cmdyou should type
ruby setup.rb& press
- This should bind DevKit to your Ruby installation, allowing it to call all the libraries.
Ruby 2.4.x (MSYS2)
Ruby 2.4.x (RubyInstaller2) uses “MSYS2” ↴
Setting up MSYS2 is slightly more involved than DevKit, but more effective.
The point is that both install a series of files or applications which allow
you to perform build / compilation operations:
- Download the appropriate version of MSYS2
- Save the installer to your hard drive
- Double-click the installer to get it to load:
- After the installer completes, you need to set up
- Load a new
MSYS2console and type the following:
pacman -Sy pacman
You should see something similar to the following:
Using the above commands,
pacman will be installed and ready to use.
Now, you need to install the various build dependencies. This used to be
done from within MSYS2 itself, but now it’s part of the RubyInstaller2 installation process:
- Open up CMD
- The following screen should appear:
Press 3 and Enter.
From here, it should work to install the various components of the MSYS2 development toolchain. If this process fails (we had a Windows 8 user where the process hung randomly), you’ll want to switch back to MSYS2 and run one of the following commands (installs the build tools manually):
pacman -S base-devel mingw-w64-i686-toolchain #32-bit
pacman -S base-devel mingw-w64-x86_64-toolchain #64-bit
If this does not work (in Windows 8), you should continually resize the MSYS2 window. This is what it took to get it working on a reader’s system.
Installing C-dependent Gems (Nokogiri / SQLite3 etc)
The RubyInstaller2 repo has a good tutorial on how to do this:
📋 RubyGems 📋
Next, you need to install RubyGems.
RubyGems is the repository which stores all the “gems” you can install on Ruby. These gems are the “plugins” for the language, providing functionality.
As this is a separate package to Ruby, it has to be installed manually:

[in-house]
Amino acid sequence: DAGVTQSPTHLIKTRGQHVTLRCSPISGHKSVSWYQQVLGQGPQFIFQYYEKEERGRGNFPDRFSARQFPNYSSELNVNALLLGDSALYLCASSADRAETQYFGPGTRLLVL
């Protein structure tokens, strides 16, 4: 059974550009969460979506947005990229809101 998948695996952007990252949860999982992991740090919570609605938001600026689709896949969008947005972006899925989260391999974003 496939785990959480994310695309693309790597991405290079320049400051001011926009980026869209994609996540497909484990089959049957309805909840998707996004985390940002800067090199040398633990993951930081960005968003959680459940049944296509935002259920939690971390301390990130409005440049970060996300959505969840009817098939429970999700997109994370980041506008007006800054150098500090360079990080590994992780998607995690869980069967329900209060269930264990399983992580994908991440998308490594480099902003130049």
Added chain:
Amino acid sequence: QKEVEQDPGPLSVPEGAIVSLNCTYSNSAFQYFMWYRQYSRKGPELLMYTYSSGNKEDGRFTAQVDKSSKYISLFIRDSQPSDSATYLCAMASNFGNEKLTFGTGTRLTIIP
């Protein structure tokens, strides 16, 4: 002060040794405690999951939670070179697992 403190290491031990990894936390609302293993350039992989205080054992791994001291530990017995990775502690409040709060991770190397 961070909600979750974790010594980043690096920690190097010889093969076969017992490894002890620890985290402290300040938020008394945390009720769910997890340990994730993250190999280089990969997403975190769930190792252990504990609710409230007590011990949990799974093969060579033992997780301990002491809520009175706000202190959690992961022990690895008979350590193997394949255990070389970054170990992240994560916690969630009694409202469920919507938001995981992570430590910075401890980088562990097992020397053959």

To install RubyGems, you need to download the ZIP and
unzip to a temporary folder:
From there, you will need to open
cd into the TEMPORARY folder. You should then type
ruby setup.rb and RubyGems willinstall:
If successful, you’ll be able to type
gem -v in a new instance of
🚀 Rails 🚀
With RubyGems installed, you need to install the
This should be a very simple procedure (in
gem install rails)
- You also need
bundlerbecause without it, you cannot use a
- You need
railsbecause that’s the framework you’re using.
Installing Rails as a system-wide gem will give you the ability to call it whenever needed, not just as part of a Rails application:
🚦 GIT 🚦
You then need to install GIT.
Git is a source code management system (SCM), basically allowing you to sync your development source with production and staging environments.
It has taken over the role of FTP, allowing you to “push” code to “repositories”. If this sounds alien, you need to read up on it. It’s an essential part of modern web development — especially Rails. Github is a very good place to start:
The installation process should be performed as follows:
Once installed, you should load a new instance of
cmd.exe and type the command
git — version. If it returns a value, the installation was a success:
💻 IDE (Code Editor) 💻
Finally, you need an IDE (Integrated Development Environment).
Whist you’re free to use Notepad to edit code, the best system is to use a dedicated code editor. The old favorite was Sublime Text, however it was
not updated enough and cost.
You can download here (free).